David's Blog

Jumpstarting Computer Vision in Rust: A Beginner's Guide

By David Li on Saturday, 24 November 2024 13:00:00 GMT

Computer vision is important because it allows machines to interpret and understand visual information in a way that is similar to how humans do. With the increasing availability of digital cameras and sensors, there is an abundance of visual data being generated every day. Computer vision enables machines to automatically analyze and make sense of this data, which has numerous practical applications in various industries. For example, computer vision is used in healthcare for medical image analysis, in autonomous vehicles for object detection and recognition, in security and surveillance for facial recognition, and in manufacturing for quality control and inspection. Overall, computer vision is a crucial tool for enabling machines to understand and interact with the visual world in a way that is useful and beneficial to humans.

Here are the basic steps to use OpenCV in Rust:

  1. Install OpenCV. This can be done through:
  • Your system’s package manager (apt, brew, etc.)
  • Building from source
  • Using a wrapper like opencv-rust which builds OpenCV for you
  1. Install the opencv crate which provides Rust bindings to OpenCV. You can add it to your Cargo.toml:
[dependencies]
opencv = "0.11.2"
  1. Add OpenCV to your crate by importing it:
extern crate opencv;
  1. Load the OpenCV library. This is done with:
opencv::init().unwrap(); 
  1. You can now call OpenCV functions. For example, to load an image:
let mut img = cv::imread("path/to/image.jpg", cv::IMREAD_COLOR).unwrap();
  1. OpenCV functions operate on OpenCV types like:
  • Mat for images
  • Rect for rectangles
  • Point for points
  • Scalar for colors

These can be created from Rust types and vice versa. For example:

let rect = Rect::new(10, 20, 100, 50); // OpenCV Rect
let rust_rect = rect.to_rust(); // Rust (i32, i32, u32, u32) 

let scalar = Scalar::new(0.0, 255.0, 0.0, 0.0); // OpenCV color
let (b, g, r, a) = scalar.to_rust(); // Rust (f64, f64, f64, f64)
  1. You can now perform OpenCV operations on these types like image filtering, drawing shapes, face detection, etc.

For example we can implement the canny edge detection algorithm in Rust:

Canny edge detection is a computer vision algorithm used to detect edges in images. It was developed by John F. Canny in 1986 and is widely used in various applications such as object recognition, image segmentation, and feature extraction.

The canny edge detection algorithm works by first applying a Gaussian filter to the image to smooth out any noise. Then, the gradient of the image is calculated to determine the regions of the image where the intensity changes the most. These regions are likely to be edges.

After the gradient is calculated, non-maximum suppression is applied to thin out the edges to a single pixel width. This helps to remove any noise and makes the edges more precise.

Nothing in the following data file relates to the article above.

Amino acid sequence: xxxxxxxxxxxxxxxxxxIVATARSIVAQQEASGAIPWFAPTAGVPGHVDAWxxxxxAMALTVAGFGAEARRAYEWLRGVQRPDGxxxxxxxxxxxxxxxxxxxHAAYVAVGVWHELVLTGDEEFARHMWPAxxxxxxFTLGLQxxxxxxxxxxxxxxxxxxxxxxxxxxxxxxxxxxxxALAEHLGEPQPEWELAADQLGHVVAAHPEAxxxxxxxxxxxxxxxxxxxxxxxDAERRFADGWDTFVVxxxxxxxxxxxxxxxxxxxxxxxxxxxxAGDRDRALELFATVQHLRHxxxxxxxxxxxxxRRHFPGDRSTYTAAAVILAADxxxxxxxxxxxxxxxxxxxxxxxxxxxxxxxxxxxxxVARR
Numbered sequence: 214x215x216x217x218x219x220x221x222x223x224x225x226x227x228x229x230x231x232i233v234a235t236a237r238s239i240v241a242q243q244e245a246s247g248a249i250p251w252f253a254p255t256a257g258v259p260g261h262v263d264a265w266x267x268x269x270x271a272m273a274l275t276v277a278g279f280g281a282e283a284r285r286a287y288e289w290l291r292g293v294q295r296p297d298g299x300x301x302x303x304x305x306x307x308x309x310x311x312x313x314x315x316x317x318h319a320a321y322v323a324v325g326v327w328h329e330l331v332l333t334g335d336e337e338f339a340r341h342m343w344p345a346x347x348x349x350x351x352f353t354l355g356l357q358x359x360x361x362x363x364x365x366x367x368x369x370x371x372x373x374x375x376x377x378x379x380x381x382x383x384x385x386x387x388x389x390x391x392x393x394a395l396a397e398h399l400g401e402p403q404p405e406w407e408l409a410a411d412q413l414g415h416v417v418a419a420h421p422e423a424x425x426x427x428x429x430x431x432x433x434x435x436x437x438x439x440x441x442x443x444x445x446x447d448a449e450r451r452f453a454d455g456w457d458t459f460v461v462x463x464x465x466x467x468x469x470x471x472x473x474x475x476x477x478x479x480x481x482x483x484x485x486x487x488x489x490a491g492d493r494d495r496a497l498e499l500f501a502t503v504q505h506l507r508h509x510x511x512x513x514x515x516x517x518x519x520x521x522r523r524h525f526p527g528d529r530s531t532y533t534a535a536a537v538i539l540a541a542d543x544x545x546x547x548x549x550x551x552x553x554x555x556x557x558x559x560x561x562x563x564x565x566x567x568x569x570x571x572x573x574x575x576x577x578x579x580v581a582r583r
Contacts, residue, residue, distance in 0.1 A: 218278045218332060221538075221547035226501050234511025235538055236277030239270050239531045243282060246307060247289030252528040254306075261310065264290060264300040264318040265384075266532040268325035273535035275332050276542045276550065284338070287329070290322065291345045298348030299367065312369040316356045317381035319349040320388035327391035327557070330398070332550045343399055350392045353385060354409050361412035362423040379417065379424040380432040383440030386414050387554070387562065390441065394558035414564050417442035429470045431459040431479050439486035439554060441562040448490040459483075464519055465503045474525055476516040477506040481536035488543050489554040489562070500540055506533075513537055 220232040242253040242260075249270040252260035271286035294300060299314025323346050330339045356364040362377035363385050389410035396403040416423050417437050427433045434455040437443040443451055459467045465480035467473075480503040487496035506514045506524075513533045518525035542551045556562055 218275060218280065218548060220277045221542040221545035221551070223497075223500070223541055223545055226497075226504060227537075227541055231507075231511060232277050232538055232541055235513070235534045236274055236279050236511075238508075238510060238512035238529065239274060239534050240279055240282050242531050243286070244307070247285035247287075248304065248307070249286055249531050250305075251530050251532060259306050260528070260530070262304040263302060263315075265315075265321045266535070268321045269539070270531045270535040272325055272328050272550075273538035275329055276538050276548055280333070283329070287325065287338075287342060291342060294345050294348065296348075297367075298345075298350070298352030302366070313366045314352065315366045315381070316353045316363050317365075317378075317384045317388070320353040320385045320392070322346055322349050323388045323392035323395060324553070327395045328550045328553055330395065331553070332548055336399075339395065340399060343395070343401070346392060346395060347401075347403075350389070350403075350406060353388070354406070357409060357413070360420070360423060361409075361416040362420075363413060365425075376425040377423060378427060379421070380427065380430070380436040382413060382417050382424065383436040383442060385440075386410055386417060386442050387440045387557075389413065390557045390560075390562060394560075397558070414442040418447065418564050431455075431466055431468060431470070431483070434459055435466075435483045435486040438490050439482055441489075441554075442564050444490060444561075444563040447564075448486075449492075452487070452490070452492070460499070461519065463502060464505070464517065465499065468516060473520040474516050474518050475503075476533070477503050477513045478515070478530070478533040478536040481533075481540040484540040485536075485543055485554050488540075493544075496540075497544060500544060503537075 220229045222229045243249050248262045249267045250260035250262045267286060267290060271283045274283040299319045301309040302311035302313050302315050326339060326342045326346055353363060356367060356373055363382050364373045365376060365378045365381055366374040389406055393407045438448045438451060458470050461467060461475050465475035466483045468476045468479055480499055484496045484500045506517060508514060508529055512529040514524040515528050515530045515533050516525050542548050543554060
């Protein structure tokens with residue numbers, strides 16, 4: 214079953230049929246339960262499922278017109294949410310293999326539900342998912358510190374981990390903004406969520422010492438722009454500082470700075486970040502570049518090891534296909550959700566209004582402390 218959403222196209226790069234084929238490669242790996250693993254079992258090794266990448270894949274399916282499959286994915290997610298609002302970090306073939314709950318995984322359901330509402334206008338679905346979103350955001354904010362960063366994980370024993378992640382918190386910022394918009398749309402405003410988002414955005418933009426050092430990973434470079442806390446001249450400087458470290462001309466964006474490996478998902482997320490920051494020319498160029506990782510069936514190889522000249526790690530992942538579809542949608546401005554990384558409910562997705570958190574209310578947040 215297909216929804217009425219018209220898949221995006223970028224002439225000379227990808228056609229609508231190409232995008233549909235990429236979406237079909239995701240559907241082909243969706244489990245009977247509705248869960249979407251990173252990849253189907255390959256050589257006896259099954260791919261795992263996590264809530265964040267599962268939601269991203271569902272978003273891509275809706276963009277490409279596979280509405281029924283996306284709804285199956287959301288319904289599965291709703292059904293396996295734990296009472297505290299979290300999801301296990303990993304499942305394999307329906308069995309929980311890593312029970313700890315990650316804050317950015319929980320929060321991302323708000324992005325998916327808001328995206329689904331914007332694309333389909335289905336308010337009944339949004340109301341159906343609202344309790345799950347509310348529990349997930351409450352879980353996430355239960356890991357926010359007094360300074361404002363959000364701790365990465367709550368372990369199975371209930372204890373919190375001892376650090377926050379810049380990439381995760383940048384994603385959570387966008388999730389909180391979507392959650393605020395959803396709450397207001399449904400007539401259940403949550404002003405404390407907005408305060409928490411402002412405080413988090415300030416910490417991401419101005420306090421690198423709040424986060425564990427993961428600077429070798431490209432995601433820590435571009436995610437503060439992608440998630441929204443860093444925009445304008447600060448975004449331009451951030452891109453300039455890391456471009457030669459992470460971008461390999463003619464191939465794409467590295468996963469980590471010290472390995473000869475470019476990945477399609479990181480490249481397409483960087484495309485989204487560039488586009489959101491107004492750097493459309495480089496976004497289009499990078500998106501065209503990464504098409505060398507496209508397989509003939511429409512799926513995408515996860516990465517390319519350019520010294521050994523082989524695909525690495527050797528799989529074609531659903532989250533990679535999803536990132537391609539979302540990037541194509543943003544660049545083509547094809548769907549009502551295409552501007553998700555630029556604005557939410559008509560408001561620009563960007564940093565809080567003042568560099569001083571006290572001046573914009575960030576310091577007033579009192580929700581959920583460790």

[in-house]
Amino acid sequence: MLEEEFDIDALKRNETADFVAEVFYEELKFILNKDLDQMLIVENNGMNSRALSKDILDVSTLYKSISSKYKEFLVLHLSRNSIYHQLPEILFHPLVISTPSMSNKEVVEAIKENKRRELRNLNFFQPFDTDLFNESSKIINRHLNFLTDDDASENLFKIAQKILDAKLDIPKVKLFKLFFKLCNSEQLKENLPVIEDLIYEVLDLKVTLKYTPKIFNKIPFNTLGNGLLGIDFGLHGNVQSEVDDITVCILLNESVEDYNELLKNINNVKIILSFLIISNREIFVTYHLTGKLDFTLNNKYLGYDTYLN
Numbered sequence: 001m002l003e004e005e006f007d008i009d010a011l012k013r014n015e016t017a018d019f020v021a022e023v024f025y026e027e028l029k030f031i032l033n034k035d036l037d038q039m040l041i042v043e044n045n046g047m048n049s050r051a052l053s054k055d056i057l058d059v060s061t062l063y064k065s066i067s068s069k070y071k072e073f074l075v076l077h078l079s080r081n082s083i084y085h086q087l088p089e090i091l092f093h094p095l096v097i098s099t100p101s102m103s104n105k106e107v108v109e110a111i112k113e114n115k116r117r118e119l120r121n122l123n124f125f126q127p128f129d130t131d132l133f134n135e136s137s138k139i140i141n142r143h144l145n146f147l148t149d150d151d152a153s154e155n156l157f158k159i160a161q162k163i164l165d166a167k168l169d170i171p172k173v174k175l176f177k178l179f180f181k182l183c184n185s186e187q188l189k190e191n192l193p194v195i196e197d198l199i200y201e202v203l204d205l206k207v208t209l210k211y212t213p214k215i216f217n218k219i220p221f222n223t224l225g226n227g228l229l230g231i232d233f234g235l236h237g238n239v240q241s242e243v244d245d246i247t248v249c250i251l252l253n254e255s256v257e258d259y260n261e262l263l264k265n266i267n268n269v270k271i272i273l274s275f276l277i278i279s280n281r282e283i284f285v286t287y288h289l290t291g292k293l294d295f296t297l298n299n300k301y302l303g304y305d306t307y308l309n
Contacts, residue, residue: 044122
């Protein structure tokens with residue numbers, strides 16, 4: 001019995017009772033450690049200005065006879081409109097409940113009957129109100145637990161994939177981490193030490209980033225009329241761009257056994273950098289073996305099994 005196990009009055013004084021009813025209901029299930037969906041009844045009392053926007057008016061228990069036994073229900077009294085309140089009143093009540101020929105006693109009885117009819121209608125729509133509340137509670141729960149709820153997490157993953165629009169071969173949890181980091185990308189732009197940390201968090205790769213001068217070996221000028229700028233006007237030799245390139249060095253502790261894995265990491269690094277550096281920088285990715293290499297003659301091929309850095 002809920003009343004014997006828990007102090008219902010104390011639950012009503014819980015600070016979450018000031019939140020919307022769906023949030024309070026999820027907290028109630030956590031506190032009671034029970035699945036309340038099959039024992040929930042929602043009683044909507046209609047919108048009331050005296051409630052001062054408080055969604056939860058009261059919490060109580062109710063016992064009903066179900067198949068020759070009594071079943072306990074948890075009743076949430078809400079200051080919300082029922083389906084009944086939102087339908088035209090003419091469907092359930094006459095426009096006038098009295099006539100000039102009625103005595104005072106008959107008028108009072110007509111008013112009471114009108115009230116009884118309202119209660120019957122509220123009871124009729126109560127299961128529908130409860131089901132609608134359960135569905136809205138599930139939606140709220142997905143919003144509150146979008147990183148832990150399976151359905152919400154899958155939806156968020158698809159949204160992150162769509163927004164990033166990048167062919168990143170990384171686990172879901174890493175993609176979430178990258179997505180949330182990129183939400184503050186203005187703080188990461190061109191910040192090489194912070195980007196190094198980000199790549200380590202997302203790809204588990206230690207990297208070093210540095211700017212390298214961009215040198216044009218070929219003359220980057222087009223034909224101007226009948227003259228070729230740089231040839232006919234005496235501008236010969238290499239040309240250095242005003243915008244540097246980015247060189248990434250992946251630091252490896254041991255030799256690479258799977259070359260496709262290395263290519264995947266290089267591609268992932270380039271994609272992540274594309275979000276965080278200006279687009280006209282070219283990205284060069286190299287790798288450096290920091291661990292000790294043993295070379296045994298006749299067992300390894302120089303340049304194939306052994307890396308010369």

The final step is to apply hysteresis thresholding to the image. This involves setting two threshold values: a high threshold and a low threshold. Any edges above the high threshold are considered strong edges, while any edges below the low threshold are considered weak edges. Any weak edges that are adjacent to strong edges are then included in the final edge map.

extern crate opencv;

fn main() {
    // Load the OpenCV library 
    opencv::init().unwrap();

    // Read the input image
    let mut img = cv::imread("input.jpg", cv::IMREAD_GRAYSCALE).unwrap();

    // Apply Gaussian blur to smooth the image and remove noise
    let mut blurred = img.clone();
    cv::GaussianBlur(&mut blurred, &mut blurred, (5, 5), 0.0).unwrap();

    // Find the intensity gradients of the image
    let mut grad_x = Mat::default();
    let mut grad_y = Mat::default();
    cv::Scharr(&blurred, &mut grad_x, ddepth, 1, 0, src_type, 1, 0, border_type);
    cv::Scharr(&blurred, &mut grad_y, ddepth, 0, 1, src_type, 1, 0, border_type);

    // Calculate the gradient magnitude and direction
    let mut grad_mag = Mat::default();
    let mut grad_dir = Mat::default();
    cv::cartToPolar(&grad_x, &grad_y, &mut grad_mag, &mut grad_dir, true);

    // Apply non-maximum suppression to the gradient magnitude
    let mut suppressed = Mat::default();
    cv::Canny(&grad_mag,
               &mut suppressed,           
               grad_thresholds.low_threshold, 
               grad_thresholds.high_threshold,
               aperture_sz, 
               L2gradient);

    // Apply double thresholding to gradients
    let mut contours = Mat::default();
    cv::Canny(&suppressed, 
               &mut contours, 
               grad_thresholds.low_threshold,
               grad_thresholds.high_threshold);
              
    // Find contours and draw edges            
    let mut hierarchy = Mat::default();
    let contours = contours.to_vec().unwrap();
    cv::findContours(&contours, &mut hierarchy, cv::RETR_TREE, cv::CHAIN_APPROX_SIMPLE);
    cv::drawContours(&img, contours, -1, Scalar::new(255.0, 0.0, 0.0, 0.0), 2, 8, &hierarchy, 100, Point::default());

    // Show the result
    cv::imshow("Edges", &img).unwrap();
    cv::waitKey(0).unwrap();
}

Explanation:

  1. Load and smooth the input image using Gaussian blur
  2. Calculate the intensity gradients of the image using Scharr operators. This gives us the gradient magnitude and direction.
  3. Apply non-maximum suppression to the gradient magnitude to thin out edges
  4. Apply double thresholding to the gradient magnitude to detect edge contours
  5. Find contours and draw them on the original image to get the final result
  6. Display the output image

Overall, canny edge detection is a powerful tool for detecting edges in images, and it is widely used in various computer vision applications.

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